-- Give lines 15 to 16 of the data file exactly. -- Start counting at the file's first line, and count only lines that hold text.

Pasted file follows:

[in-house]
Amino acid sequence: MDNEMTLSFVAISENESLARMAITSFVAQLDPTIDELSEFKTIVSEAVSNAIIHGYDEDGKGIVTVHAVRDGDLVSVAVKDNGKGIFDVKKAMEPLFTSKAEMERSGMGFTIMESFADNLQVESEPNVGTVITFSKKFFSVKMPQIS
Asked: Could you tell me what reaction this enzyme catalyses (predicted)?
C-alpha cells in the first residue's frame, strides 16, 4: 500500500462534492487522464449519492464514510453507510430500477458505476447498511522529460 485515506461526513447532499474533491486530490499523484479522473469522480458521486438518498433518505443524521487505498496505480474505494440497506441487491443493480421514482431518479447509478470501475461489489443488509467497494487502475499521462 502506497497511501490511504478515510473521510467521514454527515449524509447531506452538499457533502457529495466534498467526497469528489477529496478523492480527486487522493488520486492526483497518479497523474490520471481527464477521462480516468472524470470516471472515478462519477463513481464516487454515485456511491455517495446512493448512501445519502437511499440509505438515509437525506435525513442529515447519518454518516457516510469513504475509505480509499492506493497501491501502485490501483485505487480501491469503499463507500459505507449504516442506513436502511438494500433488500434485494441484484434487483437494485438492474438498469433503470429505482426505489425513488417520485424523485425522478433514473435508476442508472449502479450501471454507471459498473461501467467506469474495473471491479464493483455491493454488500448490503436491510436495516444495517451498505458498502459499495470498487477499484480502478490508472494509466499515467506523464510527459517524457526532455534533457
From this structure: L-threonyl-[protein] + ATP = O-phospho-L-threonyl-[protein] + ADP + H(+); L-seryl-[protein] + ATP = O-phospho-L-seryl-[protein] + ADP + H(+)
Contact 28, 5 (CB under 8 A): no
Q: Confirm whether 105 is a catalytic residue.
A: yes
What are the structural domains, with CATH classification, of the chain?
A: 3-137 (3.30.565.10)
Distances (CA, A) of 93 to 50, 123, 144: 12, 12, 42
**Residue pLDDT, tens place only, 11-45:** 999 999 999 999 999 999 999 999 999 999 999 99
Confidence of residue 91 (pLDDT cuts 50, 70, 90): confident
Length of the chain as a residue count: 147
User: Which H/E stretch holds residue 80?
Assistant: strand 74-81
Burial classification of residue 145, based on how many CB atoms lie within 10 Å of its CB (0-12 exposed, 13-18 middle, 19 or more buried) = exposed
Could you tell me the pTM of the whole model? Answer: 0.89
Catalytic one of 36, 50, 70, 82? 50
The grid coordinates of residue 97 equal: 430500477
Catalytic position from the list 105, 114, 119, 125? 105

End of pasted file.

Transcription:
User: Which H/E stretch holds residue 80?
Assistant: strand 74-81